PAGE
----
Before Mr. Obama takes office on the 21st of January, Iraq is going to go through a fair bit of wrapping up. As the DoD map below shows, all but Baghdad (18 of 19 provinces) will have been transitioned to full Iraqi control soon: according to the DoD September Report to Congress, the ceremonies will all happen in early and mid-Jaunary. Baghdad's ceremony will be in May--though it should be noted that its ceremony has been continually pushed back from October 2008.
With Iraqi Security Forces at the front in all of these provinces, Petraeus is likely trying to train them by fire--US forces will be in the back (notably, taking far fewer casualties than when in the front) provoding logistical support and giving advice. This "school for hard-knocks" is going to get Iraqi forces pretty chewed up over the next few months, but it will mean high-speed learning. So far, only a small percentage of Iraqi military forces are capable of full independent operations--logistics, supply, planning, and execution. Most need planning help from the US. Many need US logistics or even military backup. They must wean this dependence by 2011, or they will falter when the US withdraws.
Another reason for the speedy handover is the terms of the Status of Forces Agreement (SoFA). While US forces don't leave until 2011, they have to get off the streets of Iraqi cities and villages by the end of 2009--during 2010 and 2011, US forces can only act at the behest of the Iraqi government. They will continue to train, but will only get militarily involved when the Iraqis need the cavalry to come in.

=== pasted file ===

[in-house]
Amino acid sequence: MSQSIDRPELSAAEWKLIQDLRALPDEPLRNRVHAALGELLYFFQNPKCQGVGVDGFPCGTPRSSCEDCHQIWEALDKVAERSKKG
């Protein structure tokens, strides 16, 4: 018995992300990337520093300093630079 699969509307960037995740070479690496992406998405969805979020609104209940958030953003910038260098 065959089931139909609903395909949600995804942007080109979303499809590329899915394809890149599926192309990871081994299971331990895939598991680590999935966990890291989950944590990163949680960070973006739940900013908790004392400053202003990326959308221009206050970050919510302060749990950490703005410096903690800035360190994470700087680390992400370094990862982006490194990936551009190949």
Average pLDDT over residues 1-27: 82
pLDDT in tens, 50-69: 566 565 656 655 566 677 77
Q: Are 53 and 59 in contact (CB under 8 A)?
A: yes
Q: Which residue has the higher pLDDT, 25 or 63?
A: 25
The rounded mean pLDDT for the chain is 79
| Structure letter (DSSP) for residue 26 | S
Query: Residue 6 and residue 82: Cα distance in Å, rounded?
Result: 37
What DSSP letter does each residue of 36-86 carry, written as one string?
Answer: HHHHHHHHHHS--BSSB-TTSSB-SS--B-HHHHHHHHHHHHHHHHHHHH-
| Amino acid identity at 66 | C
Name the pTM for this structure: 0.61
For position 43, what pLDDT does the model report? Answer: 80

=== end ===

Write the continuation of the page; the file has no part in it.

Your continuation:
The handover involves more than military control. It also signals full administrative control on the part of the Iraqis, with the State Department playing a purely supportive role. With Gates remaining head of the DoD and Petraeus keeping his post as head of CENTCOM, Bush appointees will be at the forefront of Iraq's endgame through 2011 (barring anything strange). Obama and Clinton will have surprisingly little influence over the Iraq situation, as policies being made now (namely the SoFA and handover timetables) have mostly sealed any questions on the remaining US role. This will free up the "team of rivals" to deal with more pressing crises--Afghanistan, Pakistan, and India are the main points of worry.